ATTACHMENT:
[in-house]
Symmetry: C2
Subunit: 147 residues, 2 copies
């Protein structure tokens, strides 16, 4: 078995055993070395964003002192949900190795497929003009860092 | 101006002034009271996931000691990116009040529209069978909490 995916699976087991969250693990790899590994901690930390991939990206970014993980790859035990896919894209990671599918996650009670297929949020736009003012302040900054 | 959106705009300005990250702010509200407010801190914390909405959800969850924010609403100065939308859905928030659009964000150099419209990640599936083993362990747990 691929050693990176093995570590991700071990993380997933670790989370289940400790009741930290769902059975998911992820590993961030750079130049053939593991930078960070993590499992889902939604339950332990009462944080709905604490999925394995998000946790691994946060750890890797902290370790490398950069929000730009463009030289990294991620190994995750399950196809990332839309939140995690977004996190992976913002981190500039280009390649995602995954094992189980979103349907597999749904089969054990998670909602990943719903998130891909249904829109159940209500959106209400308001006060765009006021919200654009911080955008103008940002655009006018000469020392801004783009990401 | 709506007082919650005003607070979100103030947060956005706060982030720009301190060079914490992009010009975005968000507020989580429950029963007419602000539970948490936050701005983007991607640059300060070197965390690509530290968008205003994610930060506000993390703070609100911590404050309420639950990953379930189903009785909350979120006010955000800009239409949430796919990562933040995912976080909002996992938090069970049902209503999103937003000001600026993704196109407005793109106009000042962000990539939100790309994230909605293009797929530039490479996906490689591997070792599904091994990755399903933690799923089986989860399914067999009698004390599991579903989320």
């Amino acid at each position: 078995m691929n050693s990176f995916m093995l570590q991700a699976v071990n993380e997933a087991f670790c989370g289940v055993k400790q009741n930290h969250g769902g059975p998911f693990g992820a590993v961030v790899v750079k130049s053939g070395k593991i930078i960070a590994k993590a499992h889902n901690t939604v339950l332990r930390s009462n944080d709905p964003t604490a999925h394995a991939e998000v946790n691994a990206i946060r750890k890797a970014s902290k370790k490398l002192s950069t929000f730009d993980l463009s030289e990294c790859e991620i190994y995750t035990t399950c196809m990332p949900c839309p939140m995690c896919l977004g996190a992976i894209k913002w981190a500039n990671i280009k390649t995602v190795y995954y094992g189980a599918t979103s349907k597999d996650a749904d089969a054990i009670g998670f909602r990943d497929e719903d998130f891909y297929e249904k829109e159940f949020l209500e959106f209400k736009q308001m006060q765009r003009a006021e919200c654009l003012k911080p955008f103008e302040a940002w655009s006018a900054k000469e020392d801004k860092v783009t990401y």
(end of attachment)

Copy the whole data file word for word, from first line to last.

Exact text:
[in-house]
Symmetry: C2
Subunit: 147 residues, 2 copies
């Protein structure tokens, strides 16, 4: 078995055993070395964003002192949900190795497929003009860092 | 101006002034009271996931000691990116009040529209069978909490 995916699976087991969250693990790899590994901690930390991939990206970014993980790859035990896919894209990671599918996650009670297929949020736009003012302040900054 | 959106705009300005990250702010509200407010801190914390909405959800969850924010609403100065939308859905928030659009964000150099419209990640599936083993362990747990 691929050693990176093995570590991700071990993380997933670790989370289940400790009741930290769902059975998911992820590993961030750079130049053939593991930078960070993590499992889902939604339950332990009462944080709905604490999925394995998000946790691994946060750890890797902290370790490398950069929000730009463009030289990294991620190994995750399950196809990332839309939140995690977004996190992976913002981190500039280009390649995602995954094992189980979103349907597999749904089969054990998670909602990943719903998130891909249904829109159940209500959106209400308001006060765009006021919200654009911080955008103008940002655009006018000469020392801004783009990401 | 709506007082919650005003607070979100103030947060956005706060982030720009301190060079914490992009010009975005968000507020989580429950029963007419602000539970948490936050701005983007991607640059300060070197965390690509530290968008205003994610930060506000993390703070609100911590404050309420639950990953379930189903009785909350979120006010955000800009239409949430796919990562933040995912976080909002996992938090069970049902209503999103937003000001600026993704196109407005793109106009000042962000990539939100790309994230909605293009797929530039490479996906490689591997070792599904091994990755399903933690799923089986989860399914067999009698004390599991579903989320």
């Amino acid at each position: 078995m691929n050693s990176f995916m093995l570590q991700a699976v071990n993380e997933a087991f670790c989370g289940v055993k400790q009741n930290h969250g769902g059975p998911f693990g992820a590993v961030v790899v750079k130049s053939g070395k593991i930078i960070a590994k993590a499992h889902n901690t939604v339950l332990r930390s009462n944080d709905p964003t604490a999925h394995a991939e998000v946790n691994a990206i946060r750890k890797a970014s902290k370790k490398l002192s950069t929000f730009d993980l463009s030289e990294c790859e991620i190994y995750t035990t399950c196809m990332p949900c839309p939140m995690c896919l977004g996190a992976i894209k913002w981190a500039n990671i280009k390649t995602v190795y995954y094992g189980a599918t979103s349907k597999d996650a749904d089969a054990i009670g998670f909602r990943d497929e719903d998130f891909y297929e249904k829109e159940f949020l209500e959106f209400k736009q308001m006060q765009r003009a006021e919200c654009l003012k911080p955008f103008e302040a940002w655009s006018a900054k000469e020392d801004k860092v783009t990401y």